In Nov. 2016, Joe Maldonado was asked to leave his Boy Scouts Troop after having been a member for one month. The Northern New Jersey Council of the Boy Scouts of America called his mother, Kristie Maldonado, and said Joe could no longer participate due to having been born a girl.
After receiving backlash for the decision, BSA reversed its discriminatory policy on Jan 30. They stated on their website that their approach to determining eligibility by deferring to an applicant’s birth certificate is “no longer sufficient as communities and state laws are interpreting gender identity differently, and these laws vary widely from state to state.”
This meant that Joe, 9, could officially rejoin his Boy Scouts troop. Kristie signed him up for a different pack, Pack 20, one week after the official announcement, because she didn’t want him to return to his original Pack 87 in Secaucus after speculating that his initial removal was caused by complaints from parents.
Recently, Joe attended his first meeting with Pack 20, making him the first openly transgender boy to join BSA. Here’s what you should know about the brave little boy who made history.
1.He’s been telling his mom he identifies as male since he was just two years old.
According to the Independent, Kristie said his real male identity has “been there all along, from age 2 or 2 and a half. I just didn’t know what it was.”
2. He was born Jodi, but began his transition to male two years ago.
Kristie said that when she originally signed Joe up for Boy Scouts, his gender identity wasn’t a secret. Everyone knew that Joe was transgender and the pack accepted his application without a problem. Kristie believes his removal came after parents complained to the national council.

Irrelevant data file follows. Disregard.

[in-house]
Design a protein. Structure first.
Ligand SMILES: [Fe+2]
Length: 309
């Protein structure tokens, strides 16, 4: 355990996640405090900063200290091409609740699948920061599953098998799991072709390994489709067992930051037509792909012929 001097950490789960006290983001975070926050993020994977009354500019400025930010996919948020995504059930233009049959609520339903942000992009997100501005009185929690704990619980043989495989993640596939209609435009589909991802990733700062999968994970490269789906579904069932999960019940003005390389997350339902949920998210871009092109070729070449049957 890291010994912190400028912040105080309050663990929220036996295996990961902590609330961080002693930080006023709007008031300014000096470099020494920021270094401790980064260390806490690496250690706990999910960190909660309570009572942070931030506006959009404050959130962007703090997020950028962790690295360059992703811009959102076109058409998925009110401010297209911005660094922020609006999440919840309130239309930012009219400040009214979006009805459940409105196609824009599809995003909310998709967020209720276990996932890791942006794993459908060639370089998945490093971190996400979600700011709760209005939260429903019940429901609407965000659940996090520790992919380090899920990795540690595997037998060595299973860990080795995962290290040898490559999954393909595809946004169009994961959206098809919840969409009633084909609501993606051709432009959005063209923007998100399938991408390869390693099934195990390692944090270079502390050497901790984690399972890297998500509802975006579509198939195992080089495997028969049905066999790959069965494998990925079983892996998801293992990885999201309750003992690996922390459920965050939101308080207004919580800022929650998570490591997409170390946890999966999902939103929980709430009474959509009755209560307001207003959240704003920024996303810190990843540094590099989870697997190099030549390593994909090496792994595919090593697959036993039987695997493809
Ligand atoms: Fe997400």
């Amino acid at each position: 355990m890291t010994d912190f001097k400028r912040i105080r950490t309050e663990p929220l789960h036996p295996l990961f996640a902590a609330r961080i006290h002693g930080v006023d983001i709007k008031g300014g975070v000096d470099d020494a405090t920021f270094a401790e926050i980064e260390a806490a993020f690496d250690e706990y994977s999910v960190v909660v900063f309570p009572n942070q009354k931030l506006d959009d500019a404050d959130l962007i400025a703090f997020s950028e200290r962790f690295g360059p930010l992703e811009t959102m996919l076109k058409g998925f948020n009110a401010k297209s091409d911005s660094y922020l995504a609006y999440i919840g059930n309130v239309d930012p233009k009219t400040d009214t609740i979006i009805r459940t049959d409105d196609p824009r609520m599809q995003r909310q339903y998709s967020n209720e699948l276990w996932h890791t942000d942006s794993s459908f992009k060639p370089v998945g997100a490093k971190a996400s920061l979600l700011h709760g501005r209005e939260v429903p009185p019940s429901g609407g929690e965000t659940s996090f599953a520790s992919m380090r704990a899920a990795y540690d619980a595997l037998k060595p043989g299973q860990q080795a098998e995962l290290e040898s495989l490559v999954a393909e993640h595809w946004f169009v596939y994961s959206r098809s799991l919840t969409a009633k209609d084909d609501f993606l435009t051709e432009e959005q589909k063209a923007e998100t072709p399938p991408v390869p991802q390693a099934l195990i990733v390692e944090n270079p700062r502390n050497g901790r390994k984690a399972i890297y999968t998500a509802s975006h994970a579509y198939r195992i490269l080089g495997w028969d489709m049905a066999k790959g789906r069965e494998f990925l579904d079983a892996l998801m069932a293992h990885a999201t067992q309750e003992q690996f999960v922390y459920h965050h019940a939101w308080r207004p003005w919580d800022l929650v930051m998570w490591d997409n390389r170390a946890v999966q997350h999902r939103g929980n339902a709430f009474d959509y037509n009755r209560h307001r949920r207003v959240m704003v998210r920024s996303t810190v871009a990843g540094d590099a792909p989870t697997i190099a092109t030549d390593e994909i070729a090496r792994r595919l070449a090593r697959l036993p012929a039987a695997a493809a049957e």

3. He was the first child to be banned from the Boy Scouts for being transgender, according to advocates for gay and transgender people.
The Scouts overturned a rule that banned gay members and troop leaders from participating in 2013 and 2015, respectively. However, in a statement, they defended their decision to ban transgender participants by saying, “No youth may be removed from any of our programs on the basis of his or her sexual orientation. Gender identity isn’t related to sexual orientation.”
4. He’s just a regular boy, who likes to go camping and do science experiments.
“We eat cupcakes, it was fun,” he said of his time in his first pack. “But they ruined it.” Heart shattered.
5. He’s been getting letters of support from people all over the world.
Kristie said the letter that touched her the most was one from a scout leader in the UK, inviting Joe to be a part of their troop.
“Send him a necker and name tape to let him know that even if BSA don’t want him, here in the UK we don’t discriminate and any kid that wants to be a cub can be.”
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